Vol 17, No 3 (2010)
Original articles
Published online: 2010-05-28

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Serum testosterone and short-term mortality in men with acute myocardial infarction

Constantin Militaru, Ionut Donoiu, Ovidiu Dracea, Dan-Dominic Ionescu
Cardiol J 2010;17(3):249-253.

Abstract

Background: A significant and independent association between testosterone levels and coronary events in men and women has not been confirmed in large prospective studies, although some reports have shown that endogenous testosterone concentrations in men are inversely related to cardiovascular and general mortality.
Methods: We aimed to assess the relationship between serum testosterone level and short-time (30-day) mortality in men with acute myocardial infarction.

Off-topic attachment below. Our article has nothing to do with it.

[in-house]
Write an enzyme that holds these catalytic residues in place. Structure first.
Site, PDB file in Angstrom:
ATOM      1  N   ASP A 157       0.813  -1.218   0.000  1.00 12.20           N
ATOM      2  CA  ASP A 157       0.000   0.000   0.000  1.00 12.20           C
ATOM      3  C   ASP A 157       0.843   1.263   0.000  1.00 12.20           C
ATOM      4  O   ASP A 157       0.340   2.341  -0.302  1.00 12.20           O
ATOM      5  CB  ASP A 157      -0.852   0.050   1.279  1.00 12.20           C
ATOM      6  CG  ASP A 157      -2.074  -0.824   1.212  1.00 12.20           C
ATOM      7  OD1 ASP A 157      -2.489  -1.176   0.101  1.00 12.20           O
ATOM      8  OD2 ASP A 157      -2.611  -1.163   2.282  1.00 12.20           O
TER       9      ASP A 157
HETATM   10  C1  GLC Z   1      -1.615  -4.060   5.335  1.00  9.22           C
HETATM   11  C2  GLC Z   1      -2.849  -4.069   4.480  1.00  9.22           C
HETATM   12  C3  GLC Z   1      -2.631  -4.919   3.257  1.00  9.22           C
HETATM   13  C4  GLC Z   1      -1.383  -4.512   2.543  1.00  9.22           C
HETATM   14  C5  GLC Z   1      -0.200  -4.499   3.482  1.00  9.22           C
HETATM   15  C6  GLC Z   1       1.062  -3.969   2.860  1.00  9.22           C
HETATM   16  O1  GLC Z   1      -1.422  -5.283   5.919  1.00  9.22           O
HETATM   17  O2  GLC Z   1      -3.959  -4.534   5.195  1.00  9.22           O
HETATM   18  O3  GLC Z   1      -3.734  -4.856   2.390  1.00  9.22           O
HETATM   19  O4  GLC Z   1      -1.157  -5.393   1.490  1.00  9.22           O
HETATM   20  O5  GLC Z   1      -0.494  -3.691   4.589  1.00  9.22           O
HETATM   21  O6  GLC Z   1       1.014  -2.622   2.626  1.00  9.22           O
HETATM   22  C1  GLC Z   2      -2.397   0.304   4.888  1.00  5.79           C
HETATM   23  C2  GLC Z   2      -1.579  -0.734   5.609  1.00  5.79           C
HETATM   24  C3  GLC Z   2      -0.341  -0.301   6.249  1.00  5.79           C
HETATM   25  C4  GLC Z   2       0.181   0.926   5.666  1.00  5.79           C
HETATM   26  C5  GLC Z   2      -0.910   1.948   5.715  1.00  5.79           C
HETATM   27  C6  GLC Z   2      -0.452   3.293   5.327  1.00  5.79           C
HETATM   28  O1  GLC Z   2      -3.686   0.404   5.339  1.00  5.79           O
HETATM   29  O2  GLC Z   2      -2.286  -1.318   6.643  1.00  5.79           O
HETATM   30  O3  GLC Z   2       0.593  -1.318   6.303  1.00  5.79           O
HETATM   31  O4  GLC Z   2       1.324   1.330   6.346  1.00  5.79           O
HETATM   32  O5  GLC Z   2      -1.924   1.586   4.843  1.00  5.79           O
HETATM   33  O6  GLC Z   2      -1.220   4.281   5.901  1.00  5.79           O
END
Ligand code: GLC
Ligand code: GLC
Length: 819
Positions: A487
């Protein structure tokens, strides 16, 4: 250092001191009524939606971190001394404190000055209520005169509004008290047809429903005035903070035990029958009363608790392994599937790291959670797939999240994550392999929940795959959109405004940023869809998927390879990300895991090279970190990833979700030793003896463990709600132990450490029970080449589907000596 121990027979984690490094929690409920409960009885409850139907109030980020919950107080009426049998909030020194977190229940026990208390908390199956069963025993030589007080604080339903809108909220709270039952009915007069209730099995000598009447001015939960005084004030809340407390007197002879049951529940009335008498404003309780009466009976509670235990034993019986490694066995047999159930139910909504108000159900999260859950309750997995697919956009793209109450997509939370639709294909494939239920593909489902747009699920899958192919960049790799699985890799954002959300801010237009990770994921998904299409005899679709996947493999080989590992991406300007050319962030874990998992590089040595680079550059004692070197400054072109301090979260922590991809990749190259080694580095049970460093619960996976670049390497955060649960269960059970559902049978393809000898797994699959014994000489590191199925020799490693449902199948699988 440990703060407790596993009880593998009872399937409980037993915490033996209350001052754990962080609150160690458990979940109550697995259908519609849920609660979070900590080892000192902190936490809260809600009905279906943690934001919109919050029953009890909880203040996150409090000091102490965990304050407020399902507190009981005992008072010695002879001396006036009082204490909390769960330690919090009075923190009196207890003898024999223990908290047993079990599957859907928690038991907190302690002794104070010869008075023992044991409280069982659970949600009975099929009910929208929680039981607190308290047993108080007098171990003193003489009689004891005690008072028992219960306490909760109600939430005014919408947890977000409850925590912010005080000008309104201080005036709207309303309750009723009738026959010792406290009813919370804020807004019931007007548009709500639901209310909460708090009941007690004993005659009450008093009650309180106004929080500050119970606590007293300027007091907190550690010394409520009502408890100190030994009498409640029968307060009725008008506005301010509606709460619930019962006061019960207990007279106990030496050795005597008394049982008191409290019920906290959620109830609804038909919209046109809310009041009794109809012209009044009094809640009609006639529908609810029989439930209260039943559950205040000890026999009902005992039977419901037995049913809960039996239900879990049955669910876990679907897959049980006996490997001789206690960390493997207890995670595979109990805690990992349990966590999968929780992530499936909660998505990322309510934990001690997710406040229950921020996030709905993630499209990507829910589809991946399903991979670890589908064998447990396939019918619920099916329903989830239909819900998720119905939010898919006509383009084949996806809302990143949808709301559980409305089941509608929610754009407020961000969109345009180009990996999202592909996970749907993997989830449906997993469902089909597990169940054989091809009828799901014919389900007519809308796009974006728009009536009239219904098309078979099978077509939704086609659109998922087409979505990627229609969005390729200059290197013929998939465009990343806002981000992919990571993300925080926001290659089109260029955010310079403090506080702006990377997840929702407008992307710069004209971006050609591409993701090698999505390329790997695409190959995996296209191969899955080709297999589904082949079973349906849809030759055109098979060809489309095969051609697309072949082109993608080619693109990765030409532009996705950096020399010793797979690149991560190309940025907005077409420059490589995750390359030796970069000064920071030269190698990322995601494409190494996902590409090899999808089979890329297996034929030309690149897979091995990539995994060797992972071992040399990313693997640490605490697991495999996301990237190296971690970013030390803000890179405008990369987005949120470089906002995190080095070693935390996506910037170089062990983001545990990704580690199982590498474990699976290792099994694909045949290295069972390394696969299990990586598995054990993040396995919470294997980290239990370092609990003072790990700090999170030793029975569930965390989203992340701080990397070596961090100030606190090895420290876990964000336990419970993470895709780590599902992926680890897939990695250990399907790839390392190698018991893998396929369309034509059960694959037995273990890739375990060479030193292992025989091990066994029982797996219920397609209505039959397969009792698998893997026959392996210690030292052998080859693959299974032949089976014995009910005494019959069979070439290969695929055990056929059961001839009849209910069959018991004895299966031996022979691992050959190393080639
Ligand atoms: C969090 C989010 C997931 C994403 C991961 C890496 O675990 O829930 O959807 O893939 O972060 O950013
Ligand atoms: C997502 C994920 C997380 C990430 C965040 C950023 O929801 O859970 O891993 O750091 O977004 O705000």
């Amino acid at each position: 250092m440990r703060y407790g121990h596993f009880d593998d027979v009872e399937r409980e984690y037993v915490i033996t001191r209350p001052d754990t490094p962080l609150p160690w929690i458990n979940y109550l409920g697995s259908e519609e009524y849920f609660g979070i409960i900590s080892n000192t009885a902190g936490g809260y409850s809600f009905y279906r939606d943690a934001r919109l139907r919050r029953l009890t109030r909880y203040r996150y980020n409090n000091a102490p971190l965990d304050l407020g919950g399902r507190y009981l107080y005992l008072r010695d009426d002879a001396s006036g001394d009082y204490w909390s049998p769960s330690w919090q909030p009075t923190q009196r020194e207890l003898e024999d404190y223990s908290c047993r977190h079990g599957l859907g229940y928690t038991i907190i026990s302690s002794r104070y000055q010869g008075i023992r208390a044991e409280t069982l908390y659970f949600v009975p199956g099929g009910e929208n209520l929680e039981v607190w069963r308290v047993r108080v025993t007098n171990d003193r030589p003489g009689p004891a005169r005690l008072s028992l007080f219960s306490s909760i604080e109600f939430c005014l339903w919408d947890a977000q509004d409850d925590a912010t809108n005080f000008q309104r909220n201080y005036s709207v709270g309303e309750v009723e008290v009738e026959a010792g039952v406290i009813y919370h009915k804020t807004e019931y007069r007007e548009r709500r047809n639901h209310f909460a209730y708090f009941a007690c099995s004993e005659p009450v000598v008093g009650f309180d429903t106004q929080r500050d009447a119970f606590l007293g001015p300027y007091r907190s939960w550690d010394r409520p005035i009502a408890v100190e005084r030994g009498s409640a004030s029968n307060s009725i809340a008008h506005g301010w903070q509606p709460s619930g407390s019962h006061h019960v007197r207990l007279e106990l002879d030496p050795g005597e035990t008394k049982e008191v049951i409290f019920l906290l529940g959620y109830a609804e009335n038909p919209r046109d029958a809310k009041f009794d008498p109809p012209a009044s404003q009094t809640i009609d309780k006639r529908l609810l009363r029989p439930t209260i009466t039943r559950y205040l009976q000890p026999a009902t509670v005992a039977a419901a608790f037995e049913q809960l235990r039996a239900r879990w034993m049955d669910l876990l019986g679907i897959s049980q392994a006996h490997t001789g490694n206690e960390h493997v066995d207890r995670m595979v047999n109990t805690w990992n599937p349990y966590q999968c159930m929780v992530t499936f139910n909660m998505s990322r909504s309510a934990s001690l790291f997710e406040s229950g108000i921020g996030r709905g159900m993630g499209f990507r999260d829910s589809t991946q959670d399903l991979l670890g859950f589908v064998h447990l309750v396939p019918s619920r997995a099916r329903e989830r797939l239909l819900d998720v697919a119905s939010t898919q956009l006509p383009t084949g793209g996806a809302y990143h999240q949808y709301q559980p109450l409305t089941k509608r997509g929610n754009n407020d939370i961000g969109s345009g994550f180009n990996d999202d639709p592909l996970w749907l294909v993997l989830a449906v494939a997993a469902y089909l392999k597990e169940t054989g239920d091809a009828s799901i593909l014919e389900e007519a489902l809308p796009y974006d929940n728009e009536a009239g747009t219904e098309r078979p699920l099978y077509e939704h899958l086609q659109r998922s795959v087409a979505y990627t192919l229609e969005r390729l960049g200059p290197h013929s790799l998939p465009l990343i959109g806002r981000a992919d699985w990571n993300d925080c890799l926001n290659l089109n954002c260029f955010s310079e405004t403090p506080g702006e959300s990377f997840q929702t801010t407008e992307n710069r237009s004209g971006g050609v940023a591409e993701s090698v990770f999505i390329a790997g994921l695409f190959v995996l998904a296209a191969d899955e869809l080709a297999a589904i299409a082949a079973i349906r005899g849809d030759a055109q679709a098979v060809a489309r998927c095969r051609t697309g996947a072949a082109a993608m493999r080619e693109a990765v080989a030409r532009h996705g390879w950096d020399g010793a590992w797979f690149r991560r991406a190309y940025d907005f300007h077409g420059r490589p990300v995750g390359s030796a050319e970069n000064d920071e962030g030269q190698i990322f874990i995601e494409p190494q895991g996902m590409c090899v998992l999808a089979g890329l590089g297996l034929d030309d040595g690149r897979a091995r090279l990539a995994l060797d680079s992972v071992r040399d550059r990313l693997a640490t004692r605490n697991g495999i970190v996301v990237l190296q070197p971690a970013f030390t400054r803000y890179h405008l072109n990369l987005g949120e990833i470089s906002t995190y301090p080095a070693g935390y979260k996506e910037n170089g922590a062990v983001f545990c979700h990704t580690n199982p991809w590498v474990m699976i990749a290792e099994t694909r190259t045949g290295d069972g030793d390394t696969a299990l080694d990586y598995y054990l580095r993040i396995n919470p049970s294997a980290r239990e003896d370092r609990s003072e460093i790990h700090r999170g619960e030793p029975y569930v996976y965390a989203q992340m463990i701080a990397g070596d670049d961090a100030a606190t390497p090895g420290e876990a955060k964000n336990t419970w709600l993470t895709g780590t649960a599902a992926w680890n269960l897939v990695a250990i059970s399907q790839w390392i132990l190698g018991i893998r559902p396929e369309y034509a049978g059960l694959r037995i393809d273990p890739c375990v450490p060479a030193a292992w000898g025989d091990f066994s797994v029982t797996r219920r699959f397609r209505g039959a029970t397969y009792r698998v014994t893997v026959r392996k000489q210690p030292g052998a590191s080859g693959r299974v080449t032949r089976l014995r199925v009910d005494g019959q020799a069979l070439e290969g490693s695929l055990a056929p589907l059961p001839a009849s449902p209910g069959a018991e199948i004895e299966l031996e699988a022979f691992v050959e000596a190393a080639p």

Results: We included 126 consecutive male patients admitted with acute myocardial infarction. The mean age was 62 ± 13 years. We determined, at admission, serum free testosterone (T) level (using a chemoluminiscence assay), high sensitivity C-reactive protein, N-terminal pro-B-type natriuretic peptide, and glycated hemoglobin level. We analyzed the 30-day mortality.
Conclusions: The mean level of serum T was 4.1 ± 2.9 ng/mL. All non-survivors had T level ≤ 3 ng/mL. A low level of T was independently related to total short-term mortality.
(Cardiol J 2010; 17, 3: 249-253)

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